• Ms Greening doesn’t need to worry about the peak fare going even higher, as her department started to “work from home” to save travel time and money!! In the mean time, the “customer friendly rail strategy” will actually save some good money for her to prepare to fund HS2 (at it stands initially is GBP 32B), which she also claim that the demand of travelling (i.e. not work from home) will be in so much need – so much as such that it will require 340+ trains to sound-speed through between Birmingham and London!!! Note: HS2 Ltd believes that an additional 135,000 passengers per day will use the line (where existing usage of the West Coast Main Line is 45,000 per day). Surely they all feel much less people will be using virtual network e.g. Skype and GoToMeetings or to work from home, you see!

  3. A government with no money is embarking on a highly expensive project that experts are warning will be a flop. Government projects have a habit of over running on time and cost. The rail fares are spiralling upwards, creating a tax on work which will either make commuting or long-distance travel elitist or kill it off completely. So where will the passengers come from to fill these new superfast trains?
    We are constantly told that the system is at capacity – the people standing for over an hour on intercity trains are a testiment to that. So why doesn’t the government put an extra two lines in alongside the existing London-Birmingham track, demolish all the bridges so that they have more headroom for double decker trains, and to allow the fast trains an alternative route in case of disruption (just look at the Eurostar disruption this week – dedicated tracks mean certain blockage).
    Surely this is the commonsense approach, will probably cost less, blight the countryside less, and if it is a disaster, we have an extra two raillines on an existing route that can take any increases of capacity when rail travel becomes affordable again.

    • The elegant simplicity of Thom Poole’s suggestion is truly magnificent; at a stroke he has saved both billions of pounds,the Chiltern Hills and a swathe of central England.
      As he suggests, “all ” that needs to be done is to strip down and rewire the entire West Coast network,”aquire” a strip of land on both sides of the existing line and re engineer the entire signalling system and rebuild most of the stations along the route…bearing in mind the mixed traffic already contending for paths, non stop,commuter traffic, local stopping services, freight,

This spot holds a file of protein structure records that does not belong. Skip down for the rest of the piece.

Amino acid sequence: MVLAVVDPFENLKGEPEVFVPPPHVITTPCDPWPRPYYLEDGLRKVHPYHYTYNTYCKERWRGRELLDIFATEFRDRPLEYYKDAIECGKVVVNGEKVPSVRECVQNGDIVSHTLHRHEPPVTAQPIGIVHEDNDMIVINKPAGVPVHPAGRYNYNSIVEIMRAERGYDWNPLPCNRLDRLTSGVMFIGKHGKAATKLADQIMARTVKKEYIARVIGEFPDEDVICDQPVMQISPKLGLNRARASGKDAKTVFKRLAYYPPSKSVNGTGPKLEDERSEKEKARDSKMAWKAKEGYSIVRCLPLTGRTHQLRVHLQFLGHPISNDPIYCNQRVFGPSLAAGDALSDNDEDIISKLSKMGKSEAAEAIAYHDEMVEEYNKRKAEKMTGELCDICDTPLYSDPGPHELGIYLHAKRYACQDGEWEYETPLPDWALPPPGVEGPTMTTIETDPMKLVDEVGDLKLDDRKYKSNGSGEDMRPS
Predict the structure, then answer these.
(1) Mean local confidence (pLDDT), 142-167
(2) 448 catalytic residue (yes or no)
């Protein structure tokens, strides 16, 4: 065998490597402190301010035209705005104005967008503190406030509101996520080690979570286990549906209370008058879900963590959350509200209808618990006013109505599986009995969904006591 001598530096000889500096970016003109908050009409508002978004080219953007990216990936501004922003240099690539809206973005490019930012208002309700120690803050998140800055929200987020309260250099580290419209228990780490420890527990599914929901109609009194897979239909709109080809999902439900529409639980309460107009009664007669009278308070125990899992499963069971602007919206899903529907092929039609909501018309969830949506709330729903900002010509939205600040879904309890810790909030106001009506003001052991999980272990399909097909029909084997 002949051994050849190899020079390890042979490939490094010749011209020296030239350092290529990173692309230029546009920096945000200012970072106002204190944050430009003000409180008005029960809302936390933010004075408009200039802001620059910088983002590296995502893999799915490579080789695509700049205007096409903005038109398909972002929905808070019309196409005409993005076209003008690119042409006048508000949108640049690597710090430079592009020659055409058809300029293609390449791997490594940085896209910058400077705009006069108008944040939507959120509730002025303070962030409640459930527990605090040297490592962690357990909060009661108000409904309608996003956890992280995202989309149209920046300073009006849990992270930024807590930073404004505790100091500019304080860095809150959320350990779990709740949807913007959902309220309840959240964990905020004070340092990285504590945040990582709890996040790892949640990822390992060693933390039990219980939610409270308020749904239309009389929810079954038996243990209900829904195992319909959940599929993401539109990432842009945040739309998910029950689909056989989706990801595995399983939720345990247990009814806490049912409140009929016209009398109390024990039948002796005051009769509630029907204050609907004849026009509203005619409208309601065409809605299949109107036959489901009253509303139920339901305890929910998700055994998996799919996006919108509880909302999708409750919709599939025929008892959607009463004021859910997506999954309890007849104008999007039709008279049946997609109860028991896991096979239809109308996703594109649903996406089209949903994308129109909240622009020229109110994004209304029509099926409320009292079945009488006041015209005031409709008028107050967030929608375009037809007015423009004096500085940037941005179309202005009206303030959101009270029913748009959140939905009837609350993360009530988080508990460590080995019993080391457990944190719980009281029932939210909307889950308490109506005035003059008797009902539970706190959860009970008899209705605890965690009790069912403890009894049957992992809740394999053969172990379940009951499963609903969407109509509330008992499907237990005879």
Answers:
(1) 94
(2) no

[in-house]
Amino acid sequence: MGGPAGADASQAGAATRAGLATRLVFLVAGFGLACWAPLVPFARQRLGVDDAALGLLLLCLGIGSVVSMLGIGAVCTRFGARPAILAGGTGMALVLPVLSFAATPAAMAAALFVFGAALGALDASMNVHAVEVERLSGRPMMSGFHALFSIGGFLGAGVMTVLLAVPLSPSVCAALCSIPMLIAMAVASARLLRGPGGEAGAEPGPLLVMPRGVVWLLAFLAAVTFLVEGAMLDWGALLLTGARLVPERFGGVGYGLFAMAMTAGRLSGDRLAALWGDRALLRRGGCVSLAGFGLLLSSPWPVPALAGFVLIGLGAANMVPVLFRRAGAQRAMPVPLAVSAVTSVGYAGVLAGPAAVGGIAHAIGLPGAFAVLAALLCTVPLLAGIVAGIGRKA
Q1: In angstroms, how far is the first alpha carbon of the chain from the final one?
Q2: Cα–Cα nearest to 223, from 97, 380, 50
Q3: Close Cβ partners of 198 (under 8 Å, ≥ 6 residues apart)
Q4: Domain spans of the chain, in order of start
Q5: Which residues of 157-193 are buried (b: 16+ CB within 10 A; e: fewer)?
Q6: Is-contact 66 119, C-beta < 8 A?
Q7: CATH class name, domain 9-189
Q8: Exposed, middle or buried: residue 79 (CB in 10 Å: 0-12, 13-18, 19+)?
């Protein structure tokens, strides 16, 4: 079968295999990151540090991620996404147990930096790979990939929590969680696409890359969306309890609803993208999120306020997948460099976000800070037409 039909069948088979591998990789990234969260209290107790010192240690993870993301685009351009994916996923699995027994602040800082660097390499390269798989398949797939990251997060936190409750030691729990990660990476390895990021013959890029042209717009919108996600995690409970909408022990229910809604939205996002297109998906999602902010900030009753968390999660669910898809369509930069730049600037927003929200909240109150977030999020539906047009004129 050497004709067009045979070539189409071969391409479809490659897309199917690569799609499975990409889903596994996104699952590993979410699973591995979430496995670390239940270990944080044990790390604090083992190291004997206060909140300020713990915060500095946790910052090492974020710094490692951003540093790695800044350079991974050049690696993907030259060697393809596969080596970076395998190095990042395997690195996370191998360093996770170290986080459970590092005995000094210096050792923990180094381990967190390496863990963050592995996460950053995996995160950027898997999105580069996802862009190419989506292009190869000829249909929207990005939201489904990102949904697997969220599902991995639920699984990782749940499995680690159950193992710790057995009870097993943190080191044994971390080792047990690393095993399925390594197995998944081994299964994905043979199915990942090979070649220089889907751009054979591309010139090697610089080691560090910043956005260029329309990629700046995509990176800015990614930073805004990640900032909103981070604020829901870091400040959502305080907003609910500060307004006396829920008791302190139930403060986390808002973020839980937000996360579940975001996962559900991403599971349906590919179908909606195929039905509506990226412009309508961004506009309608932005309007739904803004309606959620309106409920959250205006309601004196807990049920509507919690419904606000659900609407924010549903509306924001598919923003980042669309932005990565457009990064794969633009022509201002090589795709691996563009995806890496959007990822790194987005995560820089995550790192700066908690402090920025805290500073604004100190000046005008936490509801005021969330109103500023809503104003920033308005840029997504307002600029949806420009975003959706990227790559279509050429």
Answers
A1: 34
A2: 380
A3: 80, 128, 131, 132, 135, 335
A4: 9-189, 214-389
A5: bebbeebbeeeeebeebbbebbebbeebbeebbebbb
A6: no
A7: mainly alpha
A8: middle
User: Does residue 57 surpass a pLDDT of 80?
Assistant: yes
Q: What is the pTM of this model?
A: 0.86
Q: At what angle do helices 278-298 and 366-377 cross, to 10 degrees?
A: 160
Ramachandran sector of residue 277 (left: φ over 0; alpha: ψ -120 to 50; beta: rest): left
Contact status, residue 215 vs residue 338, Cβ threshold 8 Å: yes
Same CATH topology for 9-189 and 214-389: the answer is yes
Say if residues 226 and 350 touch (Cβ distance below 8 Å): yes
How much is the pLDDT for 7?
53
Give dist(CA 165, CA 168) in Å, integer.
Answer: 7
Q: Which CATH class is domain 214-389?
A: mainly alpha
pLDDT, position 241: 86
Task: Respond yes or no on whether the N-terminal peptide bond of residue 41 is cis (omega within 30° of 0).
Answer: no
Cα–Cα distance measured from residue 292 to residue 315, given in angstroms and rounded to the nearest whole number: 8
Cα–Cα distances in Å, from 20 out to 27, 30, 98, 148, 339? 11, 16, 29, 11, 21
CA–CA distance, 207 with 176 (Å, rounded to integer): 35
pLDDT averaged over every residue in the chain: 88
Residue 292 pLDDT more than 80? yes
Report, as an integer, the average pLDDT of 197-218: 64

Yes, Birmingham New Street (at present used by TWICE the number of passenger trains that it was planned for) needs extra approach tunnels at both ends, but nobody has had the bottle to carry this through as besides the cost, it might involve demolishing large chunks of the City centre.
      “Rebuild all the bridges…” carrying road , rail and private access routes (remember many bridges were rebuilt when the route was electrified). Have you noted the concern at the likely effects of re modelling the Hanger Lane roundabout?
      If you CAN do all this, then you’re still left with a serpentine route laid out in the 1830s, now running through a whole series of existing towns and villages which would be”gutted “by the new lines, in much the same way that from the 1960s roads were widened through towns -such as the A 4/ M4 into West London and the A 40 through Acton,-with far more demolition required than is predicted fo HS2.
      Providing “fast trains with an alternative route”, in effect a bypass like those on our road network, seems to be what Network Rail are needing. For better or worse , that’s why they are pushing for HS2.

    • @Thom Poole

      Your comment is so full of holes it’s difficult to know where to begin

      1. Please define what you mean by “government with no money” because it’s open to interpretation on so many fronts
      2. You claim that experts are warning the project will be a flop but don’t clarify who you mean – are the experts in this instance those who agree with your viewpoint or those (the vast majority) who don’t?
      3. Some projects (both private industry and govt. backed) go overbudget and some don’t – have you looked at the budget and timescale for the only other comparable project undertaken on UK soil – HS1?
      4. Building new infrastructure adjacent to a live running line is a recipe for cost overrun and delay – the WCML upgrade, original budget approx £2.5bn – ended up at nearly £9bn, providing a prime example – it also took the best part of 10 years and inflicted untold misery on the (rail) travelling public
      5. You claim, without any supporting evidence or reference point, that creating a new European Guage pathway will probably cost less but if you ask the experts (after they’ve picked themselves off the floor and stopped laughing) they will explain the reality. Check out the disruption resulting from just one bridge closure required to increase headroom and multiply that by the number of bridges on the WCML – it doesn’t bear thinking about!

      @Thom Poole – if there is one single quality signally absent from your comment, it’s common sense!

      • Don’t be so unkind to Thom, Peter. This site has hosted a wide range of wild and wonderful ideas, viewpoints and suggestions, so why pick on him?
        Perhaps his contribution was meant to be ironic…

        • @John Webber

          Of course, you’re correct

          Apologies @Thom Poole – for a moment there I thought you were being serious

      • It might be a slightly colloquial term but to say the government’s got no money seems fair when it owes over £ 1 trillion and the amount keeps going up despite it’s slash and burn approach in most of its spending areas. We thought the railways were an exception until last week but the “efficiency savings” demanded by Justine Greening will be just as much a euphemism for cuts as they have been with the police force.

  4. Pingback: Update from Roger | Stop The HS2 Route